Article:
Belmont Stakes 2023 Contenders, Pretenders And Longshots For ‘Test Of Champions’

Written By Jack Flaherty on June 6, 2023
2007 belmont stakes horse race rags to riches against curlin`

The 155th running running of the Belmont Stakes, the third and final leg of the Triple Crown, is set for Saturday at Belmont Park.

Some people might think with no Triple Crown title at stake this year, there will be no big story lines, the Belmont will be diminished. You cannot be more wrong. Belmont Day is loaded with Grade 1 Stakes races featuring the country’s top horses. No Triple Crown? So what, I say.

The best live race I ever saw was the 2007 Belmont Stakes. In that race, we had the great Curlin, coming off his Preakness victory and soon to be named Horse of the Year. He was pitted against the filly champion, Rags to Riches. Unusual. Keep in mind that no filly had won the Belmont in over a century.

From the top of the long Belmont stretch, it became a match race. The two battled together neck-and-neck for what seemed like forever. Rags fought to keep a tiny lead, but near the end, she lost the lead and the crowd thought it was over. It was not. Rags fought back one last time and near the wire, pulled ahead and won by 12 inches. Twelve inches in a 1 ½ mile race. The grandstand crowd was hoarse, stunned, ecstatic, and drained.

We all knew we had seen something special. That’s Belmont.

Belmont Stakes: The ‘Test of Champions’

The race is 12 furlongs. It’s long. So long that none of these ponies have ever run more than 10. It’s why some call Belmont Stakes the “Test of Champions.” But more often, it is referred to as the “Graveyard of Champions.”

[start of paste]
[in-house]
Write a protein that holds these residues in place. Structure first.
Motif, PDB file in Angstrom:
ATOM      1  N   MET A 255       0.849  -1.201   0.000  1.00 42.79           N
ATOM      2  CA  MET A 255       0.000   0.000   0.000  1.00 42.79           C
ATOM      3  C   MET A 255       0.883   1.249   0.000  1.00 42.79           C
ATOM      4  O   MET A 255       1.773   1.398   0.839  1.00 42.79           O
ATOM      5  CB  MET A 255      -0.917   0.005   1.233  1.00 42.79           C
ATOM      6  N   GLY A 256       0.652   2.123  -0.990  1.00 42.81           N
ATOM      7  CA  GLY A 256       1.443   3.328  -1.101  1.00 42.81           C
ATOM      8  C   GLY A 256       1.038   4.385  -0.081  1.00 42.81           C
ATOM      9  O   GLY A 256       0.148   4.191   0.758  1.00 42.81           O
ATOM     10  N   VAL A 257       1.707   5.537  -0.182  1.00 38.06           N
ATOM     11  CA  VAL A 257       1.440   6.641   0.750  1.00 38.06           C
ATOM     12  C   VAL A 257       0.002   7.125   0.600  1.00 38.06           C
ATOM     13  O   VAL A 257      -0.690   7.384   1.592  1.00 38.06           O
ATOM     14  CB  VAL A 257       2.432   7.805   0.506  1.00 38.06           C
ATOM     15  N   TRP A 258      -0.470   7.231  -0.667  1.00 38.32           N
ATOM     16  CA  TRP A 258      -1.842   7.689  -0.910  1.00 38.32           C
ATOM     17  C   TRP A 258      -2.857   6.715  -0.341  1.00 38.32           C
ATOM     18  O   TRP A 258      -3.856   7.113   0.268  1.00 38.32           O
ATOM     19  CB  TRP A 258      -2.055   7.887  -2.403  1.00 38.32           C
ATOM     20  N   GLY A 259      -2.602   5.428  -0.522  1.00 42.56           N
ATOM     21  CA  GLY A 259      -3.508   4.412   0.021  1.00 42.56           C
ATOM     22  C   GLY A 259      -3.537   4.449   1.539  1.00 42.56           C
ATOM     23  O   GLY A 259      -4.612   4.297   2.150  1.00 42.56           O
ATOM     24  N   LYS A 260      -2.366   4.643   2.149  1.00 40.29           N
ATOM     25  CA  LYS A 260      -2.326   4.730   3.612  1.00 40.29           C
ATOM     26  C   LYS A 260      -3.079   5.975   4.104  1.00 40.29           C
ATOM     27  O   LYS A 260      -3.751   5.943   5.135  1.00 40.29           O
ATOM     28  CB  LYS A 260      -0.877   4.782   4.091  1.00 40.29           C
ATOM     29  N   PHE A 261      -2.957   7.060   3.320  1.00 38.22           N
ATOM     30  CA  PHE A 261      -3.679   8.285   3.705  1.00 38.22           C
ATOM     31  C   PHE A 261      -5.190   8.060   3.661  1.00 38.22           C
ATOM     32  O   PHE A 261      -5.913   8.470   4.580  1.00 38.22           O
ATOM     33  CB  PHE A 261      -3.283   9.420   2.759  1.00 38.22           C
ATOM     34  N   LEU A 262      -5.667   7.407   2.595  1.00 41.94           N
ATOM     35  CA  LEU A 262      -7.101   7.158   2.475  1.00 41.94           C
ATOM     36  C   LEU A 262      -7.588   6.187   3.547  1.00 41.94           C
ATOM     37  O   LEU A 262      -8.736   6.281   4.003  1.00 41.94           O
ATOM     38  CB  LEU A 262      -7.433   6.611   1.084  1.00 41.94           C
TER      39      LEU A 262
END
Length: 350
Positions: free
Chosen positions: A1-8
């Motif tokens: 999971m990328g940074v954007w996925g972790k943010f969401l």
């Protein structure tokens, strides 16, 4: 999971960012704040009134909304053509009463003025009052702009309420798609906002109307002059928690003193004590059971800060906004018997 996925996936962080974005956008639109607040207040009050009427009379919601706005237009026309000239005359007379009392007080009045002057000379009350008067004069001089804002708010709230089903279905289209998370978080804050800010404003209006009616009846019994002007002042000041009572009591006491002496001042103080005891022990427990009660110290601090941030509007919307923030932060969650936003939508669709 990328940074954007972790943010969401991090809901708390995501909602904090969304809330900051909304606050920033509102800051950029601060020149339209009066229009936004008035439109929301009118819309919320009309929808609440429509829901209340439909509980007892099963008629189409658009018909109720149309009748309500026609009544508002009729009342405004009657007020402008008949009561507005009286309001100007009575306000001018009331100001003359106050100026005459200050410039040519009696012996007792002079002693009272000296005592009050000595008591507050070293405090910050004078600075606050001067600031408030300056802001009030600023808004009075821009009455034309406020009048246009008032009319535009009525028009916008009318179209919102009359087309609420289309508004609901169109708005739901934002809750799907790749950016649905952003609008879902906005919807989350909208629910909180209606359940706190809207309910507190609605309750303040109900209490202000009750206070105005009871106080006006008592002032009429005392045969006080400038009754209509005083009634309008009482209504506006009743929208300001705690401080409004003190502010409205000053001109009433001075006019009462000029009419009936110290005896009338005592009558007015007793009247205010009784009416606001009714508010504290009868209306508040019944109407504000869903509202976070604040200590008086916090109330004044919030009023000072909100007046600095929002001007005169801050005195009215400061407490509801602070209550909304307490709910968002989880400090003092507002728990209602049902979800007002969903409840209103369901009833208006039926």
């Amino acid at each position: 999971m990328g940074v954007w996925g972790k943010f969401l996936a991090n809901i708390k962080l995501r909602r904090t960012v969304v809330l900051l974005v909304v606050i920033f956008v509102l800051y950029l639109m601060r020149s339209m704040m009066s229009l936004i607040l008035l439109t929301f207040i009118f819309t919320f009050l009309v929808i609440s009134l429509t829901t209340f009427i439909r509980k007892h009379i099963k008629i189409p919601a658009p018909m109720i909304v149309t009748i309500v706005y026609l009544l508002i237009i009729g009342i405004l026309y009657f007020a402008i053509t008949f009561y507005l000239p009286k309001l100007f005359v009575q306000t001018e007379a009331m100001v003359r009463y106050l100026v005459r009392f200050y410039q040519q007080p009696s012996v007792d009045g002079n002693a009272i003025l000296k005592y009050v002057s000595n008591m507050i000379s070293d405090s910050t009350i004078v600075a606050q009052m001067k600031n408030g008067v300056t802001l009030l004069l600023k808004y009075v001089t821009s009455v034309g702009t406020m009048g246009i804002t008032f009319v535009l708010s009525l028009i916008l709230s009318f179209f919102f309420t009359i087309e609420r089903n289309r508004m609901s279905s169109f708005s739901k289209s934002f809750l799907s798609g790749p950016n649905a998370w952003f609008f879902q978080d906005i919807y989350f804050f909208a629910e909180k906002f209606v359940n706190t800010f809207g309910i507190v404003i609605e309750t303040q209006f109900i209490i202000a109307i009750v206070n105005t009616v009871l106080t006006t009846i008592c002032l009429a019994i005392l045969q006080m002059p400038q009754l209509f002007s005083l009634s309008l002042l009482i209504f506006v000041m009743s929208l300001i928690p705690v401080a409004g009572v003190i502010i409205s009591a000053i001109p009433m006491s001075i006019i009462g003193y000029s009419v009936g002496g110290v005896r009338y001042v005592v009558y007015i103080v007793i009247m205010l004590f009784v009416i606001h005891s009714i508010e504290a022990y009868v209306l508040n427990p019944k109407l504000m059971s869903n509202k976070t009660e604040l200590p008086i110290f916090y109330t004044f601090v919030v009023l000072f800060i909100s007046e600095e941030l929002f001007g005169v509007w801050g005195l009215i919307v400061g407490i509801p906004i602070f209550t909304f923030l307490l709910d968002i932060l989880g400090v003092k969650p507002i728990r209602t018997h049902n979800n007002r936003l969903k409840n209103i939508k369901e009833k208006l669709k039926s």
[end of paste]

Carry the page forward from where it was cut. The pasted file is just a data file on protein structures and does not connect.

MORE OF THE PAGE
Over time, more than 20 horses who were victorious in the first two legs – the Kentucky Derby and Preakness – have come up short in the Belmont.

My extended family and I have attended quite a few Belmont Stakes beginning back in the 1970s. My father, a successful appliance executive, received a race invitation from the head of the advertising agency that handled his account. But not just an invitation to the race, but also to the swanky Belmont Jockey Club.

Now my father, from the South End of Boston, who could not tell a bridle from a horseshoe, and with his store-bought reading glasses, he was hopeless with the program’s fine print. Even if he could read the program, it would never do him any good.

But the old man knew how to fake it. With a cigar in one hand and a drink in another, he would send his sons asunder to place bets for him. The King of Siam had nothing on him. Of course, my father never won. He never won. Or at least, until he listened to my mother and played birthday trifectas numbers – and that brought him back.

Previewing the 2023 Belmont Stakes field

We have a strong group of Belmont Stakes entries this year. Several good, experienced and successful ponies. Tough guys. No Mage but that’s OK, he earned a rest.

No Arabian Knight either, the former top-ranked 3-year-old. No one knows what exactly happened to Knight. Trainer Bob Baffert put him somewhere and has not been heard of since. I just hope Bobby-Bob hasn’t completely forgotten about him.

In no particular order, here is the current field. Keep in mind this year’s fields have been fluid with too many late additions and late scratches. The odds listed are just estimates. The Belmont draw is Tuesday, June 6. That’s when the real NY horse betting begins.

National Treasure (8-1)

Man, did National Treasure enjoy a cakewalk in the Preakness. Got out front early and set his own pace (slow). And nobody stepped up to challenge him. This did not help the closers if there were any, which left National Treasure with plenty in the tank for the finish.

But Saturday is 12 furlongs. With much stronger competition. No strolls amongst the tulips on June 10. Convicted drug cheater, Baffert, is the trainer for National Treasure. Good guy Johnny V. will be piloting.

  • Trainer/jockey: Bob Baffert/John Velazquez